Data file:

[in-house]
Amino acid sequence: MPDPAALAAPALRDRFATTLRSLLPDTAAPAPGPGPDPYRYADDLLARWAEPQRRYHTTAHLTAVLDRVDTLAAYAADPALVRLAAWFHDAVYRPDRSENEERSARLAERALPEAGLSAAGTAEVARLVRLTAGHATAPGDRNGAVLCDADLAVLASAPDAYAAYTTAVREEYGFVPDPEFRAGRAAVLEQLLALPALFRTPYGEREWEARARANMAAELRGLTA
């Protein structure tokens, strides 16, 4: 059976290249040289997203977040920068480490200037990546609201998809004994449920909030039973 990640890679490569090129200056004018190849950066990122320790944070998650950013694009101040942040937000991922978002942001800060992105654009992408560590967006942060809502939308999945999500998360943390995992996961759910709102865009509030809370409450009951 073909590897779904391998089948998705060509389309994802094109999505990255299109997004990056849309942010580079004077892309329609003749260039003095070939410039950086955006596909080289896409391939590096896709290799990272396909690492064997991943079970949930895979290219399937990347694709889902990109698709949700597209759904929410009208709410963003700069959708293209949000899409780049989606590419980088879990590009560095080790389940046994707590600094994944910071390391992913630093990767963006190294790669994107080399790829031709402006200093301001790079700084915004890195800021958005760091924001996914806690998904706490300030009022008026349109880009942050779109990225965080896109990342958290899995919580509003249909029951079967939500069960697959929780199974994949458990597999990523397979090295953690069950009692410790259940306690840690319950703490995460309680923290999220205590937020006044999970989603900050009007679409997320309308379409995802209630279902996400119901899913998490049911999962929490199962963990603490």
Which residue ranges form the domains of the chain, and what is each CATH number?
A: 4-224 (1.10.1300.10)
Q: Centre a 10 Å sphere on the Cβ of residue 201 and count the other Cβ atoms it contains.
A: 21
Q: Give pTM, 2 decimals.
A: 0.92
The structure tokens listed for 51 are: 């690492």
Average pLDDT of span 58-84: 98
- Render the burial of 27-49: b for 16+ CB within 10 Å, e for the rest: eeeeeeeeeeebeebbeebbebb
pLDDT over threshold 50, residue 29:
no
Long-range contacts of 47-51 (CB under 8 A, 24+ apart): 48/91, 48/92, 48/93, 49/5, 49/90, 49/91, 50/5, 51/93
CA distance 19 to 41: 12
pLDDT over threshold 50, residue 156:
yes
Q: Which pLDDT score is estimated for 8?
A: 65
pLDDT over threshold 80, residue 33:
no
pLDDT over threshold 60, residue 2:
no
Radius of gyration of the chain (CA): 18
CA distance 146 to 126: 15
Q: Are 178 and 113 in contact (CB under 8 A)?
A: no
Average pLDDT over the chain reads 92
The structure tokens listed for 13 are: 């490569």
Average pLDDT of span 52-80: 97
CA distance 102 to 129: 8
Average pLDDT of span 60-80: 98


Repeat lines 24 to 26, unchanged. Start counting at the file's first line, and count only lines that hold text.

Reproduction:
no
Radius of gyration of the chain (CA): 18
CA distance 146 to 126: 15